In April 2012, Paulo applied for Supplemental Social Security Income Benefits. On June 11, 2013, the Social Security Administration told him that he was declared disabled as of April 1, 2012, and would receive social security income benefits of $ 742.25 every month. These benefit payments would begin in July 2013. Interestingly, the notice did not specify the condition for which Paulo was declared disabled or state that he was permanently disabled and unable to work. Conversely, the notice stated that his disability was temporary and he could work while receiving social security benefits.

On December, 5, 2013, Paulo filed a motion to terminate child support and child support arrears as of August 8, 2013. Paulo argued that he was receiving social security income, had no other source of income, and was unable to work because of a mental disability. Paulo, however, failed to submit any competent evidence to support his claim that he suffered from a permanent disability and could not work. Aurora challenged Paulo’s claim that he was unable to work due to a mental disability. She moved the court to impute income on him based on his past income and earning potential.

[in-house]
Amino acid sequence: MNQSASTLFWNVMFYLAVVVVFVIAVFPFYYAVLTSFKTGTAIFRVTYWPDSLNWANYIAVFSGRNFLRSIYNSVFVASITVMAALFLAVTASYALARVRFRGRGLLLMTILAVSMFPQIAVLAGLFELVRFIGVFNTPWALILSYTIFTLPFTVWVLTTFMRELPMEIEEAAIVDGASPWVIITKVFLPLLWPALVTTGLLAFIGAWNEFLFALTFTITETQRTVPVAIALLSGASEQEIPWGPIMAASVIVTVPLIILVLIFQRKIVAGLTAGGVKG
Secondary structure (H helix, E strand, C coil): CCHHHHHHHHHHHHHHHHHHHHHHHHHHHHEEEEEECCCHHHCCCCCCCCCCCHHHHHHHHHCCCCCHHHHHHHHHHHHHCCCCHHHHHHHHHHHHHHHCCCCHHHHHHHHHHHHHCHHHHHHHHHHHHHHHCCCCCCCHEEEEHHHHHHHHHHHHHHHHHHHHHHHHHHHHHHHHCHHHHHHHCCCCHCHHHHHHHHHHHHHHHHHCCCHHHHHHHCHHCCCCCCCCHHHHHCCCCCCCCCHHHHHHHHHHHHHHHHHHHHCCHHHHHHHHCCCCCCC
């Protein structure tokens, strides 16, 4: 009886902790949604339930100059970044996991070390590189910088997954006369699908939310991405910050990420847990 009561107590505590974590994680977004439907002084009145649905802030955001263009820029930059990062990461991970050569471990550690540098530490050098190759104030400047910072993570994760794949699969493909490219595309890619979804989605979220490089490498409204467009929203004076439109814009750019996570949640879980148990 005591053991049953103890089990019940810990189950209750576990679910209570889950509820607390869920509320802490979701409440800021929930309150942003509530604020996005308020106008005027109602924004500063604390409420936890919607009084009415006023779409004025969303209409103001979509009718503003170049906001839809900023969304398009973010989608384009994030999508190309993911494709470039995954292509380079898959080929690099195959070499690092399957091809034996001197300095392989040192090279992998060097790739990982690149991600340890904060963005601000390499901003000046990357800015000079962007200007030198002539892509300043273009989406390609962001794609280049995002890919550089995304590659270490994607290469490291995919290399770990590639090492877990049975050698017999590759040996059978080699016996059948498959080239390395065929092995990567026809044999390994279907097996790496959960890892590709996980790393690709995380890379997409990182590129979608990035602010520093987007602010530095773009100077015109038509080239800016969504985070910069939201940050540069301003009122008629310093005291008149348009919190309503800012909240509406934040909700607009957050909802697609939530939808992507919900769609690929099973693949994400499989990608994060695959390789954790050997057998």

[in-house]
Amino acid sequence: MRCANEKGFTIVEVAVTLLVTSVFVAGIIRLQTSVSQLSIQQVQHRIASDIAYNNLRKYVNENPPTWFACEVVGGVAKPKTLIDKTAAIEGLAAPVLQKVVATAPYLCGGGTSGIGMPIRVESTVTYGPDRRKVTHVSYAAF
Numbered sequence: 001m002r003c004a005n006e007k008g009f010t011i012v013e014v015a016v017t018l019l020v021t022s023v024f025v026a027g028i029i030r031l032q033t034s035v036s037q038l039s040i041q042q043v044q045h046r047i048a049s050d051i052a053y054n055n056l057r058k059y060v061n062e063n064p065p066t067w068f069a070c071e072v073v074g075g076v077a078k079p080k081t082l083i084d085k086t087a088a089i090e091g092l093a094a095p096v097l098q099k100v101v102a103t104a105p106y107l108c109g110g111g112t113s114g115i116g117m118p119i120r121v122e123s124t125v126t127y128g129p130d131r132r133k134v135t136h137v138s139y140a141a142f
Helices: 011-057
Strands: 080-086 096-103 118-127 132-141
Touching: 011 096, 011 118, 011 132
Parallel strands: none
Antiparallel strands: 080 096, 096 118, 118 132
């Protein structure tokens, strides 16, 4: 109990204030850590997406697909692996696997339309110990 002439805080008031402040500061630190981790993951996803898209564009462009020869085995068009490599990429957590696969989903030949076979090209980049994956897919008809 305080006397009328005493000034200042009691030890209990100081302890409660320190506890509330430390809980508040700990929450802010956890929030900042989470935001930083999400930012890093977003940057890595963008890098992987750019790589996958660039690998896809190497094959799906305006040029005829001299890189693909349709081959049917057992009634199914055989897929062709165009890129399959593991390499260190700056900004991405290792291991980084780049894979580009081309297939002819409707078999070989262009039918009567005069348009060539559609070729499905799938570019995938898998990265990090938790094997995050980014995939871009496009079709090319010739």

Paulo once owned and was the chief executive officer of two lucrative trucking businesses. In 2005 he earned $ 2537 per week in gross income, but closed he business in 2006 because he was repeatedly incarcerated for failing to pay child support. He worked for a friend’s business driving clients after April 1, 2012, the date the social security administration declared him disabled. He earned $ 320 a week, of which $ 250 was garnished for child support. While Paulo testified that he no longer worked at that job, there was no evidence he was involuntarily fired, or otherwise involuntarily unemployed. He had a valid driver’s license, access to a car, was driving, and understood English.